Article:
Bluebonnet season is here, and runs through mid-April. Last year, we dove into the flower’s legislative history, featuring some Texas heroines. But like any good Texan, we love legends as much as historical data, so we’re here to share a few stories behind the bluebonnet.
The lucky Lupinus
Some say Spanish explorers visited priests in the Holy Land who gave them seeds to take to the New World as good luck. (We’re inclined to believe the flowers are actually native to Texas.)
The Lady in Blue
The Jumano Indians have a legend from when Christian missionaries were traveling through Texas and New Mexico. They believed that a nun dressed in a cobalt cloak over her habit visited them in their dreams. They awoke to find the fields where they were sleeping covered in blossoms the same shade as her clothing.
From the One-Who-Dearly-Loved-Her-People
This one is told and illustrated in “The Legend of the Bluebonnet” by Tomie dePaola (author of “Strega Nona”). In this tale, a young Comanche girl lost her parents in a terrible drought. All she had left was a cornhusk doll they made her. To appease the Great Spirits and end the drought, she sacrificed her doll. The ashes scattered in the wind, and in the morning, the rain began to fall, spouting blue flowers when it hit the soil.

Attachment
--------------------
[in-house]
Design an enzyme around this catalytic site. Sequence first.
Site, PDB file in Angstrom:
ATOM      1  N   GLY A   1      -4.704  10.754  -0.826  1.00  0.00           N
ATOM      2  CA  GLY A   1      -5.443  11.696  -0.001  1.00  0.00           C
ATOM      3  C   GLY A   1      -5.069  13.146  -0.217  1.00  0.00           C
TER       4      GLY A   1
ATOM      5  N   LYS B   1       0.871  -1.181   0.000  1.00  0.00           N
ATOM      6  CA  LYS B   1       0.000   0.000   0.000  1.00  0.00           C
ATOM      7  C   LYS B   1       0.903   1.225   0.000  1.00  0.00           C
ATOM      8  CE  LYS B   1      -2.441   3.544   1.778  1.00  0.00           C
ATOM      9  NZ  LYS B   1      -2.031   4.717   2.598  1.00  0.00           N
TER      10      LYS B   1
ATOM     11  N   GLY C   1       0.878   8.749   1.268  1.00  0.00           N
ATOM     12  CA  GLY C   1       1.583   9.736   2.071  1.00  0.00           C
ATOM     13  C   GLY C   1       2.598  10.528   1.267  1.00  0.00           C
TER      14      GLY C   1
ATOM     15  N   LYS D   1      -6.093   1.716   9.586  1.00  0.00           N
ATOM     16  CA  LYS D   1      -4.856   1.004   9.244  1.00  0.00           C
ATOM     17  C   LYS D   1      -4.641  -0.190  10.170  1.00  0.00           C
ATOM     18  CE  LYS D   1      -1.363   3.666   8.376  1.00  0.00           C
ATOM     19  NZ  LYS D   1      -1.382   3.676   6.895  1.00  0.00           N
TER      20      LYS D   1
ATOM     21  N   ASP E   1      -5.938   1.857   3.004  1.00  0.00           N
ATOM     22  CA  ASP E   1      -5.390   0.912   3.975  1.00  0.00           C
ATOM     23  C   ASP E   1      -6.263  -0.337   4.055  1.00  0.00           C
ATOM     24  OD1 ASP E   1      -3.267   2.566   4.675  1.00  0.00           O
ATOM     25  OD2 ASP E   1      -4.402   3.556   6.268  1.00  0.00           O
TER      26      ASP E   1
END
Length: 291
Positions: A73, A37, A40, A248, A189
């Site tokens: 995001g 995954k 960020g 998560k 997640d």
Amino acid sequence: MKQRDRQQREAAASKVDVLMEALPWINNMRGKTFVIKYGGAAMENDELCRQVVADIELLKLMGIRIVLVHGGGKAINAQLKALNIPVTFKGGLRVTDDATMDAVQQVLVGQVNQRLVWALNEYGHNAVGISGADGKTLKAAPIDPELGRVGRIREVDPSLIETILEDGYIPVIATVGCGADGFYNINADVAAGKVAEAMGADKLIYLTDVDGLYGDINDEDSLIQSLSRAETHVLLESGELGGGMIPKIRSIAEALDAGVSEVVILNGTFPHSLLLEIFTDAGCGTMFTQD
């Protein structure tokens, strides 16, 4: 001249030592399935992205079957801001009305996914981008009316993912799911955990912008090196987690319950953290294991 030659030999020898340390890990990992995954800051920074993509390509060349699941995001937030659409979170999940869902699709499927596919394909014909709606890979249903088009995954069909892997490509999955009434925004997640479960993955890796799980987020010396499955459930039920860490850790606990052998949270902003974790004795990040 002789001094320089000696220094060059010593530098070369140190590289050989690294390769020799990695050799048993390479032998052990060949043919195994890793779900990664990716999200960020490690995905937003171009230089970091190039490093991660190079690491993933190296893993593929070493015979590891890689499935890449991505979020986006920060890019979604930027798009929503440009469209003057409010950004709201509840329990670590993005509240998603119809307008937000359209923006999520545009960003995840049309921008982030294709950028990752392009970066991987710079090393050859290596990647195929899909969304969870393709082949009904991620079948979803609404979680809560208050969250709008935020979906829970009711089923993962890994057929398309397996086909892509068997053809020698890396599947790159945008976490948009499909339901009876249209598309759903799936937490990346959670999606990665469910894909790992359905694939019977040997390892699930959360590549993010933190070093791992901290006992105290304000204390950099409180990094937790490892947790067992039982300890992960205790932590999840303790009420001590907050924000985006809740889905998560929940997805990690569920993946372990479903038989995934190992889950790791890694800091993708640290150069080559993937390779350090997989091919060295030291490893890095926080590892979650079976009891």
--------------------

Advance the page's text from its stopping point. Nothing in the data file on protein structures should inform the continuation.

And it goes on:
Ready to create your own bluebonnet stories? Here are a couple of spots to see bluebonnets:
- Check out the Willow City Loop (~1 hour away) for 13 miles through some of the oldest geology in Central Texas.
- The Highland Lakes Bluebonnet Trail (~1.5 hours away) won’t disappoint with a ‘drive-yourself’ tour.
- Take a tour through the Western Kerr, Bandera & Real County Scenic Drive (~1 hour away), and don’t forget to bring your camera.